Congressional Candidate Hosts Town Hall, Shares Views on Multiple Issues

Carolyn Long, a Democratic candidate for SWW’s 3rd Congressional District, speaks to one of the youngest audience members at a Feb. 24 town hall at the White Salmon Valley Community Library.

Carolyn Long is a Democratic candidate for southwest Washington’s 3rd Congressional District and, in the words of an early supporter, “Representative Jaime Herrera Beutler’s worst nightmare.”

Last Saturday, Long held a fundraising and listening session at a White Salmon resident’s house, followed by a town hall at the White Salmon Valley Community Library, where the topics ranged from term limits for members of Congress to campaign finance reform, and, of course, gun control.

According to her campaign website, “Carolyn Long grew up in Southern Oregon, where her mother worked as a waitress and her father worked a variety of jobs until they moved to Brookings to open a family business, John’s Fresh Produce. Carolyn worked at the store after school and during the summer, along with her sister and three brothers. She learned the value of hard work, the importance of community, and the joys and difficulties of starting and running a small business. After graduating from Brookings Harbor High School in 1984, Carolyn attended the University of Oregon. While a student at Oregon, she competed in speech and debate on the University's nationally-ranked Forensics program. She graduated in 1989 with degrees in Political Science, and Rhetoric and Communication. When not attending class, Carolyn paid for college by working as an Assistant Produce Manager at Safe-way. Immediately after college, Carolyn went to Rutgers University in New Jersey to pursue a Ph.D. in Political Science. She continued to return home during the summer months to work at John’s Produce and on the small family farm, where they grew raspberries and other produce for the store. In 1995, Carolyn was hired by Washington State University Vancouver. She has worked there ever since, both as a professor and in several administrative and leadership positions. Her research interests have focused on American Institutions, Public Law, American Public Policy and Public Civility.”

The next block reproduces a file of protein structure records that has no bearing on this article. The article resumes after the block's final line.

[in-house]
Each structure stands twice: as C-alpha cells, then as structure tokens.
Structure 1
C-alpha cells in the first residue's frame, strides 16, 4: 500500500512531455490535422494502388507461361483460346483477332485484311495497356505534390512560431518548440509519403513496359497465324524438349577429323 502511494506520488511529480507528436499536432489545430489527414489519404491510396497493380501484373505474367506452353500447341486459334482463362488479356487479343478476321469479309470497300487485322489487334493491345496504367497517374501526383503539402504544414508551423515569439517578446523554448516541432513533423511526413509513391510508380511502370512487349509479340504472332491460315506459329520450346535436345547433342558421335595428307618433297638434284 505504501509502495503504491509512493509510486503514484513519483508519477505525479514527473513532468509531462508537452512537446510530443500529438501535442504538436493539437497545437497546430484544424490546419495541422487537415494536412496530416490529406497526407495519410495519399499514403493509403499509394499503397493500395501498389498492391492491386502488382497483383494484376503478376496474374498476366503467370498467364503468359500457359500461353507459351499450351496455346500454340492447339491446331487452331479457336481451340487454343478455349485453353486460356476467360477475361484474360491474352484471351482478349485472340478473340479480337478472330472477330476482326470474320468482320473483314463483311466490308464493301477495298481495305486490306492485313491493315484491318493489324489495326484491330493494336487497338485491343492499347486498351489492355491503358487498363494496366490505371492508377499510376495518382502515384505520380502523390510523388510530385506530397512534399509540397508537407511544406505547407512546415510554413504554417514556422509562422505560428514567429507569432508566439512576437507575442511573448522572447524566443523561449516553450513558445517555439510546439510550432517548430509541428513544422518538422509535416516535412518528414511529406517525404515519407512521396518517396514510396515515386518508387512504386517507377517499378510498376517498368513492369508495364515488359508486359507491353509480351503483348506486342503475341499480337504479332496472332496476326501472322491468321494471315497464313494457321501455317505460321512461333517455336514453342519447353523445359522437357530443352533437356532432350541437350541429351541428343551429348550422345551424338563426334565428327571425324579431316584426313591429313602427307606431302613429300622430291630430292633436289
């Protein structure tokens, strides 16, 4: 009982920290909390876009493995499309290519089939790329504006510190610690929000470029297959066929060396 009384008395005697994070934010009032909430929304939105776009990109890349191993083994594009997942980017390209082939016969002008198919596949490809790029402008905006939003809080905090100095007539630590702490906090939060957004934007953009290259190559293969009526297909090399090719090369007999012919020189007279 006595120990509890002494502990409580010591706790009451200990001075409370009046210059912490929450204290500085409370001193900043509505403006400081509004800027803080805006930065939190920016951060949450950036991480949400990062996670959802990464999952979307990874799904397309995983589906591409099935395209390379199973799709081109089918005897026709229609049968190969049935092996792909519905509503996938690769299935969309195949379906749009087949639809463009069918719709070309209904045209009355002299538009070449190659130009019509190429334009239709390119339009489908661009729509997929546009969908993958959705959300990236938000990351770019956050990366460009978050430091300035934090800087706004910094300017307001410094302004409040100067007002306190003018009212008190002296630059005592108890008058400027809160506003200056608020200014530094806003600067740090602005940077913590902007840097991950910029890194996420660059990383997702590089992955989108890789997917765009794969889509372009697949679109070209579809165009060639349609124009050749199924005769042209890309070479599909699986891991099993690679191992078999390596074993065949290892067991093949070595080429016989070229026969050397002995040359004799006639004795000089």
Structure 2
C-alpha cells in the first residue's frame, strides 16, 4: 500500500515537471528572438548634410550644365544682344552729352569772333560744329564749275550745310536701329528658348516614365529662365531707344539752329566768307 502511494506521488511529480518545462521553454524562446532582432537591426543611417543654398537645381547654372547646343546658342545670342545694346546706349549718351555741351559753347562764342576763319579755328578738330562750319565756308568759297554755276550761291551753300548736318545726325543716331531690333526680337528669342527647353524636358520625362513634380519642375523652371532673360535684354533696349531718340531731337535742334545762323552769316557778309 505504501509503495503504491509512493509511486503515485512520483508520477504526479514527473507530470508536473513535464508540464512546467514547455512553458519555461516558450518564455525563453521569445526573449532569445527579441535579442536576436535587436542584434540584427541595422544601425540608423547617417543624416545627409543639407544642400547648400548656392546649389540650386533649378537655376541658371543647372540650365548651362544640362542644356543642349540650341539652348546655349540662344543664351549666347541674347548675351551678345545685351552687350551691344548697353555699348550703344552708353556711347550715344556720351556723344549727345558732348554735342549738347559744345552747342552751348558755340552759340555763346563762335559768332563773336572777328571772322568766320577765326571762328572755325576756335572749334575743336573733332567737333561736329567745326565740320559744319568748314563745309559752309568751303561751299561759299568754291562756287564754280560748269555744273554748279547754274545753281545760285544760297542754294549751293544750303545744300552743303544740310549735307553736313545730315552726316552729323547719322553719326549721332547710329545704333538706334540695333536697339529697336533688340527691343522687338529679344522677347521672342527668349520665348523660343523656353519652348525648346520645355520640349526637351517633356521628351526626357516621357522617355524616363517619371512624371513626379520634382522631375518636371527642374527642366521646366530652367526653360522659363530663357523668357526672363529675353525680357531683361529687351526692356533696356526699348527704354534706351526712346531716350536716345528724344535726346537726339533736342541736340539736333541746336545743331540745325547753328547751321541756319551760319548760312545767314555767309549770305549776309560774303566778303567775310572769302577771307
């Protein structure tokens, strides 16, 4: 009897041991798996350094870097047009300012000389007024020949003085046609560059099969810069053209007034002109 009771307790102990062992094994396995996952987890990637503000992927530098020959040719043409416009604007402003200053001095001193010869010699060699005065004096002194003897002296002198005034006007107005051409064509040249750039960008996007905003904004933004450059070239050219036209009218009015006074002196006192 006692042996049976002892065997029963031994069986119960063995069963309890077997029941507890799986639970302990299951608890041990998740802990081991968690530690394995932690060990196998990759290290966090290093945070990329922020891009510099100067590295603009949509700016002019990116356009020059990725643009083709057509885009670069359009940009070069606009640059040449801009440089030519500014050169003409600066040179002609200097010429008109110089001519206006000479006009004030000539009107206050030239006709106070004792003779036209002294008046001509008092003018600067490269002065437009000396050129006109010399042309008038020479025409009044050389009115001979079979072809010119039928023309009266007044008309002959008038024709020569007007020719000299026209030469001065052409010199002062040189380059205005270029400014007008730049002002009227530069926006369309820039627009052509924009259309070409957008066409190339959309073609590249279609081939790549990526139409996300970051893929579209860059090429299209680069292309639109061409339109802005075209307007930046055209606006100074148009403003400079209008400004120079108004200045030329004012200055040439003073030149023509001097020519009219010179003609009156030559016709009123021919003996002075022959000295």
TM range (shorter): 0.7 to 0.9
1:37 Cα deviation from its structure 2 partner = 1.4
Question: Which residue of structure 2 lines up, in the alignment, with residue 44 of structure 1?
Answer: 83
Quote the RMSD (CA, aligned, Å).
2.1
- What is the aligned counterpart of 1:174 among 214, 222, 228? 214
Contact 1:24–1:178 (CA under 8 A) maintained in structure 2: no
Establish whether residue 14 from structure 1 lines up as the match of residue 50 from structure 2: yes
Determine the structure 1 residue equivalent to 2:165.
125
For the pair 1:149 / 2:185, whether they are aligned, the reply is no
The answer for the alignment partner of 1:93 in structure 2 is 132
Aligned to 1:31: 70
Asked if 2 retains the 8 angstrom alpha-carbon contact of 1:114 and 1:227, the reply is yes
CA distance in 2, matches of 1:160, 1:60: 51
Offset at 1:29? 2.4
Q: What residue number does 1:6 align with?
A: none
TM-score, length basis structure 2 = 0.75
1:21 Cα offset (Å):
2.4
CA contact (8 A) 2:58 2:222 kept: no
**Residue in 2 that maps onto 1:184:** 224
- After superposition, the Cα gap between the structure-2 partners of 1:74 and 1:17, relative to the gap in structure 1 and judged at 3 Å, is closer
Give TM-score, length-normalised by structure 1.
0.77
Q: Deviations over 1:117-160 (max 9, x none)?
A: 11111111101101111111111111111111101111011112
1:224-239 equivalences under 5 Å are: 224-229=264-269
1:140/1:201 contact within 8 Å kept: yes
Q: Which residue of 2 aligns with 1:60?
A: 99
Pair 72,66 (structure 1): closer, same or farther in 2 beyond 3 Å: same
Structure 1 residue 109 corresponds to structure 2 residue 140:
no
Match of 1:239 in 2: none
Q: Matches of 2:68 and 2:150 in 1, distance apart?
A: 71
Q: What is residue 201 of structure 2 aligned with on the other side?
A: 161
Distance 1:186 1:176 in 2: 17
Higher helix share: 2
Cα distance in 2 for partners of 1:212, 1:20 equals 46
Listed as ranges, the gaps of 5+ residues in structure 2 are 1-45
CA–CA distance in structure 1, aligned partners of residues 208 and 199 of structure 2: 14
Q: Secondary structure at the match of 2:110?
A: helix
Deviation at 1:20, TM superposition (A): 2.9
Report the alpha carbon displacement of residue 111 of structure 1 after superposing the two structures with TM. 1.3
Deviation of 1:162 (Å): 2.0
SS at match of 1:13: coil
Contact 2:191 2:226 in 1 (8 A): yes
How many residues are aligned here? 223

Long described her job as a professor at WSU Vancouver as “a person who teaches students how to discuss difficult issues and make them productive conversations rather than divisive.”

Long views town halls as forums to engage people in the same way she engages her students in the classroom, by encouraging people to listen and engage in the dialogue. This includes inviting those that would be ardently against her and her views on policy. During the town hall, she even asked if there was anyone in the room that was a hard-right Republican. If there were any, they did not speak up.

Long also believes that democracy in this country is slowly being lost to the divisiveness at the national level and through the leadership of the current administration. So much so, that she believes it is up to the improvement of democracy at the local level to improve it at the national level. At this, Long also acknowledged the millennials in the room, and strongly encouraged them to follow in the footsteps of those students from Parkland, Fla., and get involved in politics.